I am new to protocols AHB and AXI.
can anyone explain why there is 4kb boundary in AXI and why there is 1 kb boundary in AHB?
Also what these boundaries are for? Does they represent the maximum slave size?
Hi maitry Colin Campbell may be able to help you here.
Starting off with why address boundaries are specified, the master (AXI or AHB) has no idea what the physical structure of the slaves in the memory map is, so it doesn't know when a burst would reach the end of one physical device and move on to the next physical device.
In AXI you only have one address transfer for a transaction, so if a burst were to cross from one slave to another, only the first slave device would see the address transfer information (unless the bus interconnect logic were to break this burst up into 2 shorter bursts). For an AHB burst each slave would see address information for each beat of the burst, but signals such as HBURST would not always signal the correct burst length, and the second slave would see a burst starting with a SEQ transfer, not a NONSEQ.
So address boundaries were specified for each protocol, and bursts cannot cross these boundaries to ensure they always remain accessing just one physical slave, and that slave then sees address information and indicated burst lengths for the transfers it will receive.
This does then indicate a minimum slave size (the minimum address space that must be allocated to a slave) and slaves smaller than this size are responsible for responding to any transfer within this minimum size (perhaps with an ERROR response). This does not indicate a maximum slave size as slaves can span multiple address boundaries.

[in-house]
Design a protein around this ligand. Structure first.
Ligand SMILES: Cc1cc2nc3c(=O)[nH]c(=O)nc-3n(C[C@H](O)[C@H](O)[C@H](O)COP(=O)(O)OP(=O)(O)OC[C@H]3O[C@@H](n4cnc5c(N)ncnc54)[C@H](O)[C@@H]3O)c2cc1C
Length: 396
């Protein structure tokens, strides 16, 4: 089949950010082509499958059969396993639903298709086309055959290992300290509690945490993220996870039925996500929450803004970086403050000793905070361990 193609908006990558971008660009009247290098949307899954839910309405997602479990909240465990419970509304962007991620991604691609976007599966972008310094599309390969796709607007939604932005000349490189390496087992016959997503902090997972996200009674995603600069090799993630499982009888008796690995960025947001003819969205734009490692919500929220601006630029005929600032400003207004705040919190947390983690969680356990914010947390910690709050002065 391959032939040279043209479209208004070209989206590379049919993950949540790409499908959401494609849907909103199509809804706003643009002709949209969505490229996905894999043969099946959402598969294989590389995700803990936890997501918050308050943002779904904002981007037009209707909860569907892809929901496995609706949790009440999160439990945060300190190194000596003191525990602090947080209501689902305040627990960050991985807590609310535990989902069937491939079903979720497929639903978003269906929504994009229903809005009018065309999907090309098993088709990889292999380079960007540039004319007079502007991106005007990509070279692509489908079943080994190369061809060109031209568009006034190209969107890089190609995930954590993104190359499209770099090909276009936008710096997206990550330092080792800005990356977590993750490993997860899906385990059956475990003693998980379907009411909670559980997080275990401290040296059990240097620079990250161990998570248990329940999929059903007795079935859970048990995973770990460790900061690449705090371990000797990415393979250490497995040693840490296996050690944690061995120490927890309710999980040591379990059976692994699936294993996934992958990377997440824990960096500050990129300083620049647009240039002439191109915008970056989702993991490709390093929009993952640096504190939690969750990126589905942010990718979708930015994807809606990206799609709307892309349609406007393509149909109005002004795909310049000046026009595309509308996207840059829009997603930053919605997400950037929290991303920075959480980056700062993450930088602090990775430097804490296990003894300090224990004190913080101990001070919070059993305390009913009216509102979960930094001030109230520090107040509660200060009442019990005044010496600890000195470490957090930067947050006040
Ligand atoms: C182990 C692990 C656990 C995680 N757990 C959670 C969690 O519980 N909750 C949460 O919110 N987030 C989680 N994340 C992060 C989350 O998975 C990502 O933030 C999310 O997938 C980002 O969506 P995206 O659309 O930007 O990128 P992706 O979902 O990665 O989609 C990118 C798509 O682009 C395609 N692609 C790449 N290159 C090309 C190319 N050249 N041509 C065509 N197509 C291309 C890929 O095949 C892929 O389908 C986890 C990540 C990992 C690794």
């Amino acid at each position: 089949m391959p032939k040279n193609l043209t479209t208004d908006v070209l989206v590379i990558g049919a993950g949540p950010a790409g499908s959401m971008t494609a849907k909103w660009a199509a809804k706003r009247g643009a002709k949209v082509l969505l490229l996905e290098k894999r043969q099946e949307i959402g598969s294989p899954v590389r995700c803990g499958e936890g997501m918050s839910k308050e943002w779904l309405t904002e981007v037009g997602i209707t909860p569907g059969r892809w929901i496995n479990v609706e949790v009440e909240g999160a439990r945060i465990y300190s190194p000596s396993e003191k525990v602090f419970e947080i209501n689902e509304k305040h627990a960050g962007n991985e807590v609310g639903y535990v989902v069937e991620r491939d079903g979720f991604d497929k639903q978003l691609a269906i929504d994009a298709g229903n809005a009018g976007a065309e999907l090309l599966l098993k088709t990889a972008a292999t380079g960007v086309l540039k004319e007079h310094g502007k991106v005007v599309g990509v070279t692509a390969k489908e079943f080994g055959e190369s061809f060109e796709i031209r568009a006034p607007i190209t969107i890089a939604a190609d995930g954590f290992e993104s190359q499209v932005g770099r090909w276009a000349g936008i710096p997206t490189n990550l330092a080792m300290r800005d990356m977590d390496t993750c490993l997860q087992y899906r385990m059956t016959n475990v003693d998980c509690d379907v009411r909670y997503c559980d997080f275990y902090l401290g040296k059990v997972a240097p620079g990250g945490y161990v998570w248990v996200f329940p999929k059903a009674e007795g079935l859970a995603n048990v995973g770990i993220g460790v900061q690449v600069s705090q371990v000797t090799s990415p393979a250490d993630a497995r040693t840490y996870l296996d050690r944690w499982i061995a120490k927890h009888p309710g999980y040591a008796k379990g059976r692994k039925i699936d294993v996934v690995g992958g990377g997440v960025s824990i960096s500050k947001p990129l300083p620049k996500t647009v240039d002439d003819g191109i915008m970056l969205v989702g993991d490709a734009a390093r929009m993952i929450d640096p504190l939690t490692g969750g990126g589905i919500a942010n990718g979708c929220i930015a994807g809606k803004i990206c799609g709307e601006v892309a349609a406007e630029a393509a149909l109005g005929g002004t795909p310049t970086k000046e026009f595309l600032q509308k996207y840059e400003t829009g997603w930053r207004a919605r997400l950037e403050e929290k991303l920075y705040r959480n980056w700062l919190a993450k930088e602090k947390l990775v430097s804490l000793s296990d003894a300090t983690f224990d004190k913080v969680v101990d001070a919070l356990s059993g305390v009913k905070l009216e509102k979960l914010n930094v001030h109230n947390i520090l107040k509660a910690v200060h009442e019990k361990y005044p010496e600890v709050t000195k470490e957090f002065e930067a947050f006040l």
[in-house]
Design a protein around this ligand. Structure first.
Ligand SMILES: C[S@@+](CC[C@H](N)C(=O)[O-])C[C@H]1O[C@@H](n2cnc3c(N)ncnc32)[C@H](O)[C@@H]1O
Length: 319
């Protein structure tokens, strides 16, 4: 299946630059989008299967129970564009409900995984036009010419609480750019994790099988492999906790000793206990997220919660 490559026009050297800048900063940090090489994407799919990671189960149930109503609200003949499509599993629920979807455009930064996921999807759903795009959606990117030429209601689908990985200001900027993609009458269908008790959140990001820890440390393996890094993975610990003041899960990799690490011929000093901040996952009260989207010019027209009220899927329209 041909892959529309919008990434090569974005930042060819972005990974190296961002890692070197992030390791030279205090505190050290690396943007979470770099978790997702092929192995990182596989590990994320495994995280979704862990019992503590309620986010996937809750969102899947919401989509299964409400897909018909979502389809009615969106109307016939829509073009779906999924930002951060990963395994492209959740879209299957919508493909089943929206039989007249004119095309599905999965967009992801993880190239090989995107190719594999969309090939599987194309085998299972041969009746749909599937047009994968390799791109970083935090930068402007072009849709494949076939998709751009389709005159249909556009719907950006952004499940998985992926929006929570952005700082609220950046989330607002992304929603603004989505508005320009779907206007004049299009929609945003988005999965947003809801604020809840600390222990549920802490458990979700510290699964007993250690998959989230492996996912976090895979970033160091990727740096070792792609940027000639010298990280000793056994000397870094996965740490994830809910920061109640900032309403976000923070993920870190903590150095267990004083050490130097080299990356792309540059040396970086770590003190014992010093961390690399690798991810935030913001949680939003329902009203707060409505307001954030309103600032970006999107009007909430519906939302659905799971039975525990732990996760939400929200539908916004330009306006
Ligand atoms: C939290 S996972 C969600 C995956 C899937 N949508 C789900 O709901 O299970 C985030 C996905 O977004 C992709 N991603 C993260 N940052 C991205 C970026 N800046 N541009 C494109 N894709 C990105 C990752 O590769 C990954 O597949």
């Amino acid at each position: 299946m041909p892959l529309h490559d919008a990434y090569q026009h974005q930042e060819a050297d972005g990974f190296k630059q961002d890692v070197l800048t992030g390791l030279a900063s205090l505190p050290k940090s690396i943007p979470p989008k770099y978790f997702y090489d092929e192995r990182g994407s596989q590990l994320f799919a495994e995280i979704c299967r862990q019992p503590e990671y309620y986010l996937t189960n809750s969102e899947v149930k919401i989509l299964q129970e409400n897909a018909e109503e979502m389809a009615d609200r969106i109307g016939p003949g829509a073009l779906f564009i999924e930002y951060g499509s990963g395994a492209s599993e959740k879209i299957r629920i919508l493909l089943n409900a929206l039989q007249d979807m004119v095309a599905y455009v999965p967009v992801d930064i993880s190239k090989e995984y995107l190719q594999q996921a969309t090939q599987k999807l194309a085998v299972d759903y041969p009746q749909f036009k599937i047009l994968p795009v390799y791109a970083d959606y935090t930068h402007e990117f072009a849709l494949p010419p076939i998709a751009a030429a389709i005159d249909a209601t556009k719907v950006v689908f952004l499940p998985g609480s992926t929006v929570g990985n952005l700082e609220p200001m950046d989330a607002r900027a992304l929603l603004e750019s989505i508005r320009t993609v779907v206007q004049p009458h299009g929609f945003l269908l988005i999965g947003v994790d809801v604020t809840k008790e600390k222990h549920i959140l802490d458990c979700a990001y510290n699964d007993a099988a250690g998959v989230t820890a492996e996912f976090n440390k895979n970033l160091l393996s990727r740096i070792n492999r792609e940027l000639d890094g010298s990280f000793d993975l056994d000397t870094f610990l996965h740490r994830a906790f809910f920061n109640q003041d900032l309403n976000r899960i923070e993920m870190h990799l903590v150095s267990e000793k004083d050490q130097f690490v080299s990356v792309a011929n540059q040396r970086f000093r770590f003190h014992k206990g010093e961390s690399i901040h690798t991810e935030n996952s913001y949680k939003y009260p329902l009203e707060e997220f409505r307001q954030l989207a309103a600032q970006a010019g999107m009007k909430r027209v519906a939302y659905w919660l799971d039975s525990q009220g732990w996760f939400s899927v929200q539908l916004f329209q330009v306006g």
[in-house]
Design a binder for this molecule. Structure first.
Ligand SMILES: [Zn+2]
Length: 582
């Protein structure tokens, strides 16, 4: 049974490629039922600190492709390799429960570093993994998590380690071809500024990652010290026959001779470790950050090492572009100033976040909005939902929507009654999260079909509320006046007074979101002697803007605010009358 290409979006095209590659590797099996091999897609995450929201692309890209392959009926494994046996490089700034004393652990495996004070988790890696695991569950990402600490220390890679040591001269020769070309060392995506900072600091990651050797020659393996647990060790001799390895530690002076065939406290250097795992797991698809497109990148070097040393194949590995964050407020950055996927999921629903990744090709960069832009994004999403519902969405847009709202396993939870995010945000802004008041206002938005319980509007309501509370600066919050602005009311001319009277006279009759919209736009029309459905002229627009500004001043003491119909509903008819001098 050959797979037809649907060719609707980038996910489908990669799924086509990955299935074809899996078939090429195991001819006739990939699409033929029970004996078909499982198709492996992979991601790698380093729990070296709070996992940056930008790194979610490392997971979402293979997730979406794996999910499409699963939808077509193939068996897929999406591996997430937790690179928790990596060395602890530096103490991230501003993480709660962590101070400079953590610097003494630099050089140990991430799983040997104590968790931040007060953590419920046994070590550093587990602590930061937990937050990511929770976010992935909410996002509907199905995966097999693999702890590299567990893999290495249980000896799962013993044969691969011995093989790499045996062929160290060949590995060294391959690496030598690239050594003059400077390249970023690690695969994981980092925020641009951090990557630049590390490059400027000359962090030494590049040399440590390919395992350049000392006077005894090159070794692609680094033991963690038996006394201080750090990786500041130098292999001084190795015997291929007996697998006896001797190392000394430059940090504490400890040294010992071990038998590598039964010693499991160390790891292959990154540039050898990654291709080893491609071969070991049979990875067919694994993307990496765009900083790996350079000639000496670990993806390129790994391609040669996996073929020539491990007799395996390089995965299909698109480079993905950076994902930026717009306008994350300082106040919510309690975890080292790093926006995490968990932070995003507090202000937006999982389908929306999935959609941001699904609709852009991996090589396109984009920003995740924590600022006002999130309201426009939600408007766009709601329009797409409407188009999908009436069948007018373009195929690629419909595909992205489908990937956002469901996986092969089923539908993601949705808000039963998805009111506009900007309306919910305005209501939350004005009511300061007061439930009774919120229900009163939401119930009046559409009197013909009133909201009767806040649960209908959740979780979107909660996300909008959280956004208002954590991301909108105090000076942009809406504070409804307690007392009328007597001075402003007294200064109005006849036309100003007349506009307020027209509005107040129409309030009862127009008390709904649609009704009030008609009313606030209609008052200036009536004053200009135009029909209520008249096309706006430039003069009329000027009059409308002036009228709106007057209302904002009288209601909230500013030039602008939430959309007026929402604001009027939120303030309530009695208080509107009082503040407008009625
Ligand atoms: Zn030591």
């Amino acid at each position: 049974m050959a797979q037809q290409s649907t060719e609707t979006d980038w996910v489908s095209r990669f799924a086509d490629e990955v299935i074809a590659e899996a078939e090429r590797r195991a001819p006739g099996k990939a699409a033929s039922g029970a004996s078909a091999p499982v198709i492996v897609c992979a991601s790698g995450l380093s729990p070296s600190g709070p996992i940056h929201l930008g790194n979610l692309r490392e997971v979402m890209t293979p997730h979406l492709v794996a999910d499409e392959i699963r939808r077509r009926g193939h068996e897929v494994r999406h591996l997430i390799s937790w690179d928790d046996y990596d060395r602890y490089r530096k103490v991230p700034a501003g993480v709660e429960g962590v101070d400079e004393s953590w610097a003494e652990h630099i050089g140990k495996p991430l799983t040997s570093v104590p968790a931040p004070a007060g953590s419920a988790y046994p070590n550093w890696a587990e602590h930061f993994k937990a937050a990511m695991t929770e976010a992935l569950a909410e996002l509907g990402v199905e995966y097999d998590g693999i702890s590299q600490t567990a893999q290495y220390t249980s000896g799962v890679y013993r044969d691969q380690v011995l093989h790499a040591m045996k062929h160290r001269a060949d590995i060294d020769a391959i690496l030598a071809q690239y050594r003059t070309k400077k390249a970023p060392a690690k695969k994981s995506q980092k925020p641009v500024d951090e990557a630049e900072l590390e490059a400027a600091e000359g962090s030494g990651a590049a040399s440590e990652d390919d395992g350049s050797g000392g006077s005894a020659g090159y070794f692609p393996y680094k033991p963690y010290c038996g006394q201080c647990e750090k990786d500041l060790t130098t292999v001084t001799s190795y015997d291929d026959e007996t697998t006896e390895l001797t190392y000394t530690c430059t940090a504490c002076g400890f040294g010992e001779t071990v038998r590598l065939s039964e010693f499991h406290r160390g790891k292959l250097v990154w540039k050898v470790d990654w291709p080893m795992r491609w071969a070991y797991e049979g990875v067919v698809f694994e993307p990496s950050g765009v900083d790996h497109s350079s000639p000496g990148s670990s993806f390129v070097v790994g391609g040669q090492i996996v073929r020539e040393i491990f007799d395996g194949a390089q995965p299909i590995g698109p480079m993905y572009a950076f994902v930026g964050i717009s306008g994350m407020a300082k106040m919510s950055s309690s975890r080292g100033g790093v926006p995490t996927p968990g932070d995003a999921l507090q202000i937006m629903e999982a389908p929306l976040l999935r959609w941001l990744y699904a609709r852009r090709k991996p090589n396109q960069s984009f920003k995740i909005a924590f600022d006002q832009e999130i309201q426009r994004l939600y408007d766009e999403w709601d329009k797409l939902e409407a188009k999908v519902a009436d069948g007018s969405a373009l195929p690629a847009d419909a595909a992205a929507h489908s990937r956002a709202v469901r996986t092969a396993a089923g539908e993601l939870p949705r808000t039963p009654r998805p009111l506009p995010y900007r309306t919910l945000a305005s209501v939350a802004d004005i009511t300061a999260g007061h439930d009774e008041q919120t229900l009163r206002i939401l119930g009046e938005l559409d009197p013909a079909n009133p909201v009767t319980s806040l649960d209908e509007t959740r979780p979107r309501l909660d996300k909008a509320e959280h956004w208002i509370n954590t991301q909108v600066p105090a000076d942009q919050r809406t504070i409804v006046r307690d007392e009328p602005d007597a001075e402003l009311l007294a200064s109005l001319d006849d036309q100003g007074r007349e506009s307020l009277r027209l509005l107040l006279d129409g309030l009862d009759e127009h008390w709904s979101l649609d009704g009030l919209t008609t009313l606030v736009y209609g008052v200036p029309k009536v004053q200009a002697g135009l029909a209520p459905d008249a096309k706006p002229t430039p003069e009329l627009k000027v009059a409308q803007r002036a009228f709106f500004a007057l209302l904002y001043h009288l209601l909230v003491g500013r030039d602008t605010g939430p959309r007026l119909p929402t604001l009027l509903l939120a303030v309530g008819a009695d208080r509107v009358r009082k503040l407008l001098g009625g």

The address boundary is a restriction on the transfers a master can produce, not on the maximum size of the slaves.
As to why AHB is 1kB and AXI is 4kB, this is simply down to the age of the protocols. When AHB was first released in 1999 it wasn't common to see wide data buses (32-bits and 64-bits would be common), so with a maximum defined burst length of 16 this meant typically 128-byte long bursts, which wouldn't often be impacted by the 1024 byte boundaries. However AXI first released in 2003 started to see wider data buses implemented, so 128-bit and even 256-bit buses were often used, so again with 16 beat bursts this would mean 512 byte long bursts which would then hit 1kB boundaries quite often, hence 4kB being seen as less of an impact,
We didn't want to make the address boundaries too large as that would start to have an impact on the maximum number of slaves you could have on the bus (or the amount of wasted space if the actual slave footprints were really small), so the address boundary is a compromise between supporting typical bursts and supporting the maximum number of slaves.
thanks alot thats help me
As to why AHB is 1kB and AXI is 4kB, this is simply down to the age of the protocols. When AHB was first released in 1999 it wasn't common to see wide data buses (32-bits and 64-bits would be common), so with a maximum defined burst length of 16 this meant typically 128-byte long bursts, which wouldn't often be impacted by the 1024 byte boundaries. However AXI first released in 2003 started to see wider data buses implemented,
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